Highly Anticipated Airdrop for XRP Holders May Not Go As Planned – Here’s Why
Flare Network’s highly anticipated airdrop for XRP holders is facing a crucial fork in the road just ahead of launch.
Flare, which plans on distributing billions of Spark tokens to XRP holders, is announcing they are rethinking the airdrop due to complications with tax issues.
Flare’s original plan was to send eligible XRP holders 15% of their claimable Spark at once, and the remaining tokens on a monthly basis, completing the distribution in a minimum of 25 months and a maximum of 34 months.
In a statement via a blog post, Flare says that the longer-term distributions may end up being a big tax concern.
“Specifically, there is a concern that due to the Spark token becoming priced subsequent to the launch of mainnet that the long-term distribution of 3% per month, but not the initial distribution of 15%, could be considered as income for tax purposes.”
Reacting to the tax implications, Flare Networks have decided to give XRP holders two options. The first option, dubbed “Buy Through Burn,” is to go ahead with the original plan of giving every eligible user 15% of their claimable Spark tokens, and then distributing the remaining 85% in monthly 3% increments.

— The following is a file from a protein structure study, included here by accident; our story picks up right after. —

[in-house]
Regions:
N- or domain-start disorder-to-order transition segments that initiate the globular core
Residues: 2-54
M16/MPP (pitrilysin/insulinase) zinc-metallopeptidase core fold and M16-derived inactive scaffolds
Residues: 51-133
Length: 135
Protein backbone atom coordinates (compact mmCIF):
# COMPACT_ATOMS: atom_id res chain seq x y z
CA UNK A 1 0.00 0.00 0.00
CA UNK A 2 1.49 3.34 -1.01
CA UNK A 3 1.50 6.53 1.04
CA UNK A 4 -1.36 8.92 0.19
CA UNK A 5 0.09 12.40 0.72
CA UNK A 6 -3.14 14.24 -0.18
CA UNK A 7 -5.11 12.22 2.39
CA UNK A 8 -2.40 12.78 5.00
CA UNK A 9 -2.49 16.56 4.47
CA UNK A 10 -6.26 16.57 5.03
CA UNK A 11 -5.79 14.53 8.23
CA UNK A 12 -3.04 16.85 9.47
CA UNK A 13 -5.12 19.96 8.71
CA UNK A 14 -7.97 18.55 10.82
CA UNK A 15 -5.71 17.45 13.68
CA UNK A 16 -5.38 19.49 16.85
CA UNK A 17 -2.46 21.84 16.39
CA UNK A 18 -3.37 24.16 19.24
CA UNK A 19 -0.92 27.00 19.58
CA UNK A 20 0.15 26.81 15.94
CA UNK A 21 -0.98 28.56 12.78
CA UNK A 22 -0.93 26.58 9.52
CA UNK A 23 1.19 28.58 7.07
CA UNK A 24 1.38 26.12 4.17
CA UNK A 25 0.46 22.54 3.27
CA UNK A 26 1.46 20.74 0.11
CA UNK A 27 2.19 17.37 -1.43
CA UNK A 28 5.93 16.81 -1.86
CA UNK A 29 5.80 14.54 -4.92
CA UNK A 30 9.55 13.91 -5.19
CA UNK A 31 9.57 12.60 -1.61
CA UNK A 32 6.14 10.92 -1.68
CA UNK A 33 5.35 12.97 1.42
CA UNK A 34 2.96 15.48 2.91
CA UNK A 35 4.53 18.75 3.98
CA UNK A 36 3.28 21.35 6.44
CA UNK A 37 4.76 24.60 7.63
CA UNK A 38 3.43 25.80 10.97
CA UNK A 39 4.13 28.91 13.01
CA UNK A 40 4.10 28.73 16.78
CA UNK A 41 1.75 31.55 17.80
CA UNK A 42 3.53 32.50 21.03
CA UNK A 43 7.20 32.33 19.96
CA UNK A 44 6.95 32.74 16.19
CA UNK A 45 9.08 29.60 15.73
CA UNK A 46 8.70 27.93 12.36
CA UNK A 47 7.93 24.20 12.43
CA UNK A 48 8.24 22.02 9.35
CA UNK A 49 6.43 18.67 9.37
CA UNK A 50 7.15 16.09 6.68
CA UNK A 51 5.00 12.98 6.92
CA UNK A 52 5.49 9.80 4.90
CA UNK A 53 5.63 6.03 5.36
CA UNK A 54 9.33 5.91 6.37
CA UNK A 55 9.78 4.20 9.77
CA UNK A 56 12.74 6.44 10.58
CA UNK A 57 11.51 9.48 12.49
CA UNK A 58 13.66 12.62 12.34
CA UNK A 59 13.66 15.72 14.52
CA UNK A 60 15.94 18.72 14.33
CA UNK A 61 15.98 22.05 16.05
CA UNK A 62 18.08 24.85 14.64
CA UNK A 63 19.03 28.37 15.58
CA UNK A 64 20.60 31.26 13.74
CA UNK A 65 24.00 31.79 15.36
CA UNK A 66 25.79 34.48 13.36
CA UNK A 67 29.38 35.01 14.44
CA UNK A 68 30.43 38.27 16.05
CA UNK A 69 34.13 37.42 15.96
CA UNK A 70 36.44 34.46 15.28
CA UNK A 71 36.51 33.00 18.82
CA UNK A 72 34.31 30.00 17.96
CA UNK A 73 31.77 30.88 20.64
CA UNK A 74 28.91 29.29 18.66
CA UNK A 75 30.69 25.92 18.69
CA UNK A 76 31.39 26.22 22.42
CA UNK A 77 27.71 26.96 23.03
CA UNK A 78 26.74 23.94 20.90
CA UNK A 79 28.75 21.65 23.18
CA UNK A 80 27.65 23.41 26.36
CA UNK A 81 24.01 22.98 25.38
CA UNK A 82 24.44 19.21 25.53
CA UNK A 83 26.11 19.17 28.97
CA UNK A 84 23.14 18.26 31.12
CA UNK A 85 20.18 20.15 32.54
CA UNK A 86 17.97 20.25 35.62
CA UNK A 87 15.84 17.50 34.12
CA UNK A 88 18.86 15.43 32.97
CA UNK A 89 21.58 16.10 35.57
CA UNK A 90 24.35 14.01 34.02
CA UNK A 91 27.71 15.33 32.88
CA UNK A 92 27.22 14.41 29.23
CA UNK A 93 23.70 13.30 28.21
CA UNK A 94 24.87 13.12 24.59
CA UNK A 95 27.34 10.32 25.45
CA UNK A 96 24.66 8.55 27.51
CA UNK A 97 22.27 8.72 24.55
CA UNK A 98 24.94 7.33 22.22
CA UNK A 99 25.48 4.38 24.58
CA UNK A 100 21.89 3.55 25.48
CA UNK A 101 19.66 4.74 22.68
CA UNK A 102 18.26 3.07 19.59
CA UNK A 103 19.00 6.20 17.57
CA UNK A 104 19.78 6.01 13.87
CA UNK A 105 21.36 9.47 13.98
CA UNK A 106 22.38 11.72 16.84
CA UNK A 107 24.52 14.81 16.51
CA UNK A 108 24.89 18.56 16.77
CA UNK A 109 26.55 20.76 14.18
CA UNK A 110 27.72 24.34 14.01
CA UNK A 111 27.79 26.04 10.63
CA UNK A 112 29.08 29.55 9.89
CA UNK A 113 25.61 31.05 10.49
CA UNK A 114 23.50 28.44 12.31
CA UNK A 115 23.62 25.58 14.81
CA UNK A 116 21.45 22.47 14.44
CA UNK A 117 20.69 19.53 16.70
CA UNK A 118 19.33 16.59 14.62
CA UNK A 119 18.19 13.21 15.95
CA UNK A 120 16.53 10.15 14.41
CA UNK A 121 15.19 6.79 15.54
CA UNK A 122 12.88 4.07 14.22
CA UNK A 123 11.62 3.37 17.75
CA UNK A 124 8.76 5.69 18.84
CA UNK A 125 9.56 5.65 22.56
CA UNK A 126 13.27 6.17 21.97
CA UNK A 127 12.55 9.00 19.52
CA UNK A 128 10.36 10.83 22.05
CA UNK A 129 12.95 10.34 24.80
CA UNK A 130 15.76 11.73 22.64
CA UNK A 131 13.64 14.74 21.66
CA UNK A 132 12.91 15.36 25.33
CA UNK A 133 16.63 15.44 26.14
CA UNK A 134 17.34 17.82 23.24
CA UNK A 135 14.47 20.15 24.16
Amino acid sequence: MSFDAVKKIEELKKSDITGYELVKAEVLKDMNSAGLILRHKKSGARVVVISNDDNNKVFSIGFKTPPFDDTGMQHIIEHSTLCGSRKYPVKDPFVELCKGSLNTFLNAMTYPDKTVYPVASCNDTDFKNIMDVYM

With the “Buy Through Burn” route, users also have the option to burn a portion of their tokens in order to buy the remaining distribution.
The second option, called “Distribution Halt,” is to give XRP holders their first 15% airdrop, and then burn all remaining tokens, essentially giving users 100% of the supply after the first airdrop.
So option 1 is just distribute $FLR like it was planned. (15% first month and every month 3% with total supply of 100B)
Option 2 is burning 85% (85B🔥) and distribute that 15% and that's it. (15B total supply)
— 👑 𝕏ℝℙ 𝕂𝕚𝕟𝕘 𝔻𝕠𝕘𝕘𝕠 𝕀𝕍 👑 $1500+ (@KingDoggoXRP) June 17, 2021
Flare plans on putting the two options to a governance vote and include a draft with the startup’s own views and research.
“Full governance proposals for these options will be drafted, including our view of the pros and cons, and released together with the legal memo upon which Option 1 will be based. Options 1 & 2 will be based on a super majority requiring >66% positive votes to pass. Option 3 (retain the original plan), because it is the default setting, will be based on a simple majority >50% to pass.”
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